CXCR5+ Cells Accumulate in EAE Infiltrates.

144. CXCL13 is the ligand for CXCR5, a receptor expressed by B cells, recently activated T-cells and follicular helper CD4+ T-cells (Kim, C. H., et al. 2001. J Exp Med. 193:1373-1381, Forster, R., et al. 1996. Cell 87:1037-1047, Ansel, K. M., et al. 1999. J Exp Med. 190:1123-1134). The RT-PCR data shown in FIG. 1 a, b indicated that CXCR5+ cells infiltrate the CNS in association with the induction of CXCL13. This was corroborated by flow cytometric analyses of spinal cord MNCs. CXCR5+ cells were readily detected in the inflamed CNS of afflicted mice irrespective of the method of EAE induction or the stage of disease at sacrifice. The vast majority of CXCR5+ cells were CD4+CD3+ T-cells expressing an effector memory phenotype (CD62Llo, CD44hi, iCOShi). The relative percentage of CXCR5+ cells within the CD4+ T-cell compartment tended to increase during successive stages of relapsing disease in SJL mice. Although IgM+ B cells, which universally express CXCR5, could be found among the CNS infiltrating cells, they were present in sparse numbers.

145. Interestingly, a small population of CD4+CD3− cells in spinal cord mononuclear fractions (FIG. 3 a, right panel) was also consistently detected. The majority of these cells expressed IL-7Rα, and a percentage expressed CXCR5. The cell surface phenotype CXCR5+IL-7Rα+CD4+ CD3− is suggestive of lymphoid tissue inducer cells, a unique subset of hematopoetic cells implicated in the development of lymph nodes, Peyer's patches and nasal-associated lymphoid tissue during embryogenesis (Luther, S. A., et al. 2003. J Exp Med. 197:1191-1198, Finke, D., et al. 2002. Immunity 17:363-373).

CXCL13 mRNA is Detected in CD11c+ Spinal Cord Mononuclear Cells.

146. CXCL13 is produced by stromal cells in spleen and lymph nodes. In addition, CXCL13 is secreted by some hematopoetic cells. Thus, murine peritoneal macrophages constitutively express CXCL13 (Ansel, K. M., et al. 2002. Immunity 16:67-76). Furthermore, myeloid dendritic cells isolated from the thymus and kidneys of mice with experimental lupus were found to express CXCL13 (Ishikawa, S., et al. 2001. J Exp Med 193:1393-1402).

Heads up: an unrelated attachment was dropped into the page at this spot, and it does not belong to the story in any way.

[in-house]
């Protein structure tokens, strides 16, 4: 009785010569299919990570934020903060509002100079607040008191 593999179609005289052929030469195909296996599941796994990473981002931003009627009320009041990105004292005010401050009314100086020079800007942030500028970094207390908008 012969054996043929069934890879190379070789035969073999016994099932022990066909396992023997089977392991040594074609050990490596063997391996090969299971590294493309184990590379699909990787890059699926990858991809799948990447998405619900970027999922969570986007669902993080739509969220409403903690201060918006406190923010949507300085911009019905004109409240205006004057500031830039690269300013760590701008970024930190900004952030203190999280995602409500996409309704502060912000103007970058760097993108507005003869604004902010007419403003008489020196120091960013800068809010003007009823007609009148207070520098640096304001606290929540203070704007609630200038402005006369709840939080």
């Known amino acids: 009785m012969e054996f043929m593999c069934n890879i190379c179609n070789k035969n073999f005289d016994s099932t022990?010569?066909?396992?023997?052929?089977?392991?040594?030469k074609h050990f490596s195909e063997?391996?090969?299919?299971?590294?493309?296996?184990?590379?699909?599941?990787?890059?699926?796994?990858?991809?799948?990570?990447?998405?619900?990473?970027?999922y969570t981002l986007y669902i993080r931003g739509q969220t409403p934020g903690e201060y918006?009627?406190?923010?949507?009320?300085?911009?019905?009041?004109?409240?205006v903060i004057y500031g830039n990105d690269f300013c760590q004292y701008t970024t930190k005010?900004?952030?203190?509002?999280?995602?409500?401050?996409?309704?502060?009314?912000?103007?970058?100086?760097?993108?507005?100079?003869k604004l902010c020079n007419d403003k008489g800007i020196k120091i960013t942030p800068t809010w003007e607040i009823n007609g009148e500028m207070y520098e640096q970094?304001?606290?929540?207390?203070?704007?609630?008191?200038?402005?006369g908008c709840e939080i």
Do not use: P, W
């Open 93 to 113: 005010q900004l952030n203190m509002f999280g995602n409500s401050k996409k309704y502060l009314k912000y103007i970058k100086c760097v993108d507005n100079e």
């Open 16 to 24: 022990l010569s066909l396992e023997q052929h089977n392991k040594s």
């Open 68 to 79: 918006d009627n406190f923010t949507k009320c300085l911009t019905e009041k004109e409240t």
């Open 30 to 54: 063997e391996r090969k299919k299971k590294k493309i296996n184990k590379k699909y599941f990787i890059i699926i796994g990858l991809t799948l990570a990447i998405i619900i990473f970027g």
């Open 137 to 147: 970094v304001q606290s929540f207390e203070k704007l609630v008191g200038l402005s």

147. In order to investigate whether hematopoetic cells are also the source of CXCL13 in the CNS, spinal cord MNCs were isolated from mice with EAE for RT-PCR analysis. During acute EAE CNS-infiltrating cells are comprised primarily of myeloid cells, including a significant subset expressing the dendritic cell marker, CD11c (FIG. 4 a). Lymphoid cells, most of which are CD4+ T-cells, are also present (FIG. 3 a). mRNA encoding CXCL13 was repeatedly detected, as well as CCL19 and CCL21, in this mixed leukocyte population isolated from SJL mice during either the first or second episode of EAE (FIG. 4 a). Similar results were obtained from MOG-sensitized C57BL/6 mice during their initial clinical presentation (FIG. 4 b). By contrast, CXCL13 was not detectable in MNCs isolated from the spinal cords of nave mice, which are dominated by CD11blo cells (resident microglia) and lack a CD11c+ cell population. CXCL13 transcripts were enriched in MACS-isolated CD 11c+ cells (FIG. 4 c), indicating that dendritic cells might be a major source of the chemokine in the inflamed CNS.

Actively Immunized CXCL13 Deficient Mice Experience a Relatively Mild Course of EAE and Do Not Experience Relapses.

148. In order to assess the physiological significance of CXCL13 in EAE C57BL/6 CXCL13−/− and wildtype mice were immunized with MOG peptide in CFA and monitored their clinical courses. CXCL13 deficient mice exhibited a significant decrease in disease severity during the presenting episode, recovered more fully and were free of relapses by comparison to their wildtype counterparts (FIG. 5 a, Table 1).

TABLE I
Course of EAE induced by active immunization
in CXCL13−/− and WT mice
CXCL13−/− WT Pa
Incidence 43/55 52/67 P = 1.0
Disease course: P < 0.0001
monophasic 36 13
relapsing or chronic 7 39
Summary of 4 experiments.
aFisher's exact test two-sided P value.

149. During the first exacerbation, the degree of inflammation and demyelination in individual mice correlated closely with the clinical score. In CXCL13−/− mice inflammatory infiltration and demyelination were restricted, in large part, to the subpial regions (FIG. 6 a, H&E). By contrast, wildtype mice exhibited more extensive involvement of all white matter tracts. Macrophages and activated microglia, identified by the lectin RCA, were less numerous in white matter lesions of CXCL13−/− mice. On the other hand, there was no apparent difference in the degree of CD3+ T-cell infiltration between the two groups (FIG. 6 a).

150. The difference in demyelination (loss of blue staining) and inflammatory cell infiltration between the groups was even more pronounced during later stages (day 32 after immunization), when wildtype mice were in relapse, while CXCL13−/− mice remained in remission (FIG. 6 b, LFB-PAS). Furthermore, lesions in wildtype mice were characterized by a prominent degree of gliosis (indicated by GFAP staining) and intrameningeal and subpial fibrosis (Trichrome), whereas CXCL13−/− mice showed only mild changes.